Reflecting another sharp decline in energy prices, the Labor Department released a report on Wednesday showing a modest decrease in U.S. producer prices in the month of August.
The Labor Department said its producer price index for final demand edged down by 0.1 percent in August after falling by a revised 0.4 percent in July.
Economists had expected producer prices to dip by 0.1 percent compared to the 0.5 percent drop originally reported for the previous month.
The report also showed the annual rate of growth in producer prices slowed to 8.7 percent in August from 9.8 percent in July, roughly in line with estimates.
The slight monthly drop in producer prices came as energy prices tumbled by 6.0 percent in August after plunging by 9.0 percent in July.
Food prices were unchanged in August after jumping by 1.3 percent in July, while prices for goods excluding food and energy crept up by 0.2 percent following a 0.1 percent uptick in the previous month.
Meanwhile, the report showed prices for services climbed by 0.4 percent in August after rising by 0.2 percent in July, with the continued price growth driven by a 0.8 percent advance in prices for trade services.
Prices for transportation and warehousing services edged down by 0.2 percent in August after falling by 0.8 percent in July, while prices for other rose by 0.3 percent in August after coming in unchanged in July.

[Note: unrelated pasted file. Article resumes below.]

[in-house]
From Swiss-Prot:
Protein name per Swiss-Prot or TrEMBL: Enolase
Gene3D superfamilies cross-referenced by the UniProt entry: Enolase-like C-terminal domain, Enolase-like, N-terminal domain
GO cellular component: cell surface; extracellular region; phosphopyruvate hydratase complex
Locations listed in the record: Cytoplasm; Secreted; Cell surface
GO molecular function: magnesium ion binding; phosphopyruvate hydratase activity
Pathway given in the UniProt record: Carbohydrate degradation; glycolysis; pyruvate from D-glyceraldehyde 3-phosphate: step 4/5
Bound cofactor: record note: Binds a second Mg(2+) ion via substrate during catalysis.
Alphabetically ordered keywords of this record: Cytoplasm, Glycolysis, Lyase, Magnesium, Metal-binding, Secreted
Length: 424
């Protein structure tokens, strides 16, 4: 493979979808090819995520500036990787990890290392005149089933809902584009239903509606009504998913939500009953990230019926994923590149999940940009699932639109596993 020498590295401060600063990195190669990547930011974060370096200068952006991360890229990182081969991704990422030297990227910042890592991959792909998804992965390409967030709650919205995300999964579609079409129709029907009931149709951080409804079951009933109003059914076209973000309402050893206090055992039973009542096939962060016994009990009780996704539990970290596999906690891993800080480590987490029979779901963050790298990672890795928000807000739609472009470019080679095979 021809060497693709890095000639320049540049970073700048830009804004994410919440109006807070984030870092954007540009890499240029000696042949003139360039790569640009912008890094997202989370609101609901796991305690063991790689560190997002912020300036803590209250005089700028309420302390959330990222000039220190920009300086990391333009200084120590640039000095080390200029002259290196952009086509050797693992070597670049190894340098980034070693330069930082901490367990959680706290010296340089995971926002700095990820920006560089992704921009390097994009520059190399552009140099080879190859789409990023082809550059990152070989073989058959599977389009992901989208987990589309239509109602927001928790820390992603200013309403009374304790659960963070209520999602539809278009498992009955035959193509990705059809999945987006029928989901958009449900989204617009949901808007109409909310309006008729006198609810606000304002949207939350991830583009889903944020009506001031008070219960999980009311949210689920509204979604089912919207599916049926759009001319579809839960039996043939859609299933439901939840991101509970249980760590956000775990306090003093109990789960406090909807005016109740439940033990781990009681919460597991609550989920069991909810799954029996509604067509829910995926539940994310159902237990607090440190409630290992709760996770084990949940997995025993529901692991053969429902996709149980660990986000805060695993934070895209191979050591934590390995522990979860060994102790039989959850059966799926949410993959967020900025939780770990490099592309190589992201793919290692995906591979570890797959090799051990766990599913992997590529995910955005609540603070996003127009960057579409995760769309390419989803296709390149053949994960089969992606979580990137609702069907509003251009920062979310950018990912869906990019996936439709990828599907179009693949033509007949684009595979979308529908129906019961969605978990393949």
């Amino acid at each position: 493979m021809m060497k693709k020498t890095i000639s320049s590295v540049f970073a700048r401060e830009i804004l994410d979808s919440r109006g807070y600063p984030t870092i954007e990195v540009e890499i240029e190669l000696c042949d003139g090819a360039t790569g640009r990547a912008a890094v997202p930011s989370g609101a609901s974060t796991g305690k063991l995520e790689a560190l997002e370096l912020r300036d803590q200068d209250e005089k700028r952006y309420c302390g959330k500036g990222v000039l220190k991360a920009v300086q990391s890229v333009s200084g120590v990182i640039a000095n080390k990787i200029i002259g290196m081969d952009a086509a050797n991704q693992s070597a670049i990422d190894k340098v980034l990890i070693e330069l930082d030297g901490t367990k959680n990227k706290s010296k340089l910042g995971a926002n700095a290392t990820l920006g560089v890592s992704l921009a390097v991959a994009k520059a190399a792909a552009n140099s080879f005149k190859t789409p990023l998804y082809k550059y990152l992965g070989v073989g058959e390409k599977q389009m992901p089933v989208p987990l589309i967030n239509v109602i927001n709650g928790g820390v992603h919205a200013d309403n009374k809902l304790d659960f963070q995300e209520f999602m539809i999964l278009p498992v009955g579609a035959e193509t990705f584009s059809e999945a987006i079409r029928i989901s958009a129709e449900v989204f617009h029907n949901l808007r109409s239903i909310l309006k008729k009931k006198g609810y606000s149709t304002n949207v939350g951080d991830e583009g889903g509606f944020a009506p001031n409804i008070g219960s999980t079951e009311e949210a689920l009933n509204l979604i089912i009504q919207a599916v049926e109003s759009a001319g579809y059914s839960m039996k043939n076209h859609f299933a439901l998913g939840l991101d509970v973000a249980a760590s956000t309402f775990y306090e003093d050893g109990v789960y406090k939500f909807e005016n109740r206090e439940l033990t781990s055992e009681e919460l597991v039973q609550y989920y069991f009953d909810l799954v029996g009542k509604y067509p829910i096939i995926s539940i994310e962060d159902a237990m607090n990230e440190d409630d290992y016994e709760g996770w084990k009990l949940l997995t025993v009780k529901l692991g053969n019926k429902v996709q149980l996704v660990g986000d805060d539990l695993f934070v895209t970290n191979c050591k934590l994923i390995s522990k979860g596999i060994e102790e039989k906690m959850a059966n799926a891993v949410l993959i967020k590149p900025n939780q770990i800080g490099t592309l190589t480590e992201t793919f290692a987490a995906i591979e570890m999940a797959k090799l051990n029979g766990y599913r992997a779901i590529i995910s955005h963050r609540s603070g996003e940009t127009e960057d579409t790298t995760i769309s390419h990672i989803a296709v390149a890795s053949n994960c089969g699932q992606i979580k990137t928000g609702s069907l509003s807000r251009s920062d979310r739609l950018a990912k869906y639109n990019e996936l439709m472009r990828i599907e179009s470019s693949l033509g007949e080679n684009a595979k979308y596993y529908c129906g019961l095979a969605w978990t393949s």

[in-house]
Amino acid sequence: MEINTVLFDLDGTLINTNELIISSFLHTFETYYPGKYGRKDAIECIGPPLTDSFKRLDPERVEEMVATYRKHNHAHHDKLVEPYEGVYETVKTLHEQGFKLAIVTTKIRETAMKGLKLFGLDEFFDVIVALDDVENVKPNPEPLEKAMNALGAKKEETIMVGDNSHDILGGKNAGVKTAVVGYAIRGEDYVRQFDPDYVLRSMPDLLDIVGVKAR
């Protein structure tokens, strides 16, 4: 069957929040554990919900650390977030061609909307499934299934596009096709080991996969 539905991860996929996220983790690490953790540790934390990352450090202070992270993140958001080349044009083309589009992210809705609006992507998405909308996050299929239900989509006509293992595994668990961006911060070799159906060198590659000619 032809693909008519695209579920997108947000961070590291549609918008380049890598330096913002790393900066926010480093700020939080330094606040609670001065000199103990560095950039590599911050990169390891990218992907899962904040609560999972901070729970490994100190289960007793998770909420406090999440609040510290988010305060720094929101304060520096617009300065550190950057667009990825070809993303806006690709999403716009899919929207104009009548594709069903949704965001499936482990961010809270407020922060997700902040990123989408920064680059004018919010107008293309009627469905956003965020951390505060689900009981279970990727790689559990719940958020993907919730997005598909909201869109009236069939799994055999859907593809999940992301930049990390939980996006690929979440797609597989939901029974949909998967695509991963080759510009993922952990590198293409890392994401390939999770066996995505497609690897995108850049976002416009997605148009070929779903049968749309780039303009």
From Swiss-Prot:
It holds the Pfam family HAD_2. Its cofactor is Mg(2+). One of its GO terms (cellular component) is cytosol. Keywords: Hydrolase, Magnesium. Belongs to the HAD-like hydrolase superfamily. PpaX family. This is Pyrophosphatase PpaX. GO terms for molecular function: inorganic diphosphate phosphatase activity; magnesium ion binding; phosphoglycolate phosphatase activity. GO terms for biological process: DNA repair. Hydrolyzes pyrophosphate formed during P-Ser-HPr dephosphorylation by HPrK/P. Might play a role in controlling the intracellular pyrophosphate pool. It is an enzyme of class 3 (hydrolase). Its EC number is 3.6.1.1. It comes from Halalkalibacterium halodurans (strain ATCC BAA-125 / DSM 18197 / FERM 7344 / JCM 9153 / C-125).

Excluding prices for food, energy and trade services, core producer prices rose by 0.2 percent in August after inching up by 0.1 percent in July.
The annual rate of growth in core producer prices slipped to 5.6 percent in August from 5.8 percent in the previous month.
“While today’s PPI report suggests inflation is decelerating in parts of the economy, broad-based increases in yesterday’s CPI show that consumer inflation remains stubbornly persistent,” said Matthew Martin, U.S. Economist at Oxford Economics.
He added, “The CPI report keeps the Fed on track to raise rates 75bps next week and at least another 75bps by the end of the year.”
On Tuesday, the Labor Department released a more closely watched report showing an unexpected uptick in U.S. consumer prices in the month of August.
The Labor Department said its consumer price index inched up by 0.1 percent in August after coming in unchanged in July. Economists had expected consumer prices to edge down by 0.1 percent.
The modest increase in consumer prices came as higher prices for shelter, food and medical care offset another steep drop in gasoline prices.
Compared to the same month a year ago, consumer prices were up by 8.3 percent in August, reflecting a slowdown from the 8.5 percent spike in July. However, economists had expected the annual rate of growth to slow to 8.1 percent.
The report also showed core consumer prices, which exclude food and energy prices, climbed by 0.6 percent in August after rising by 0.3 percent in July. Core prices were expected to increase by another 0.3 percent.
The annual rate of growth by core consumer prices accelerated to 6.3 percent in August from 5.9 percent in July, while economists had expected the annual rate of growth to quicken to 6.1 percent.
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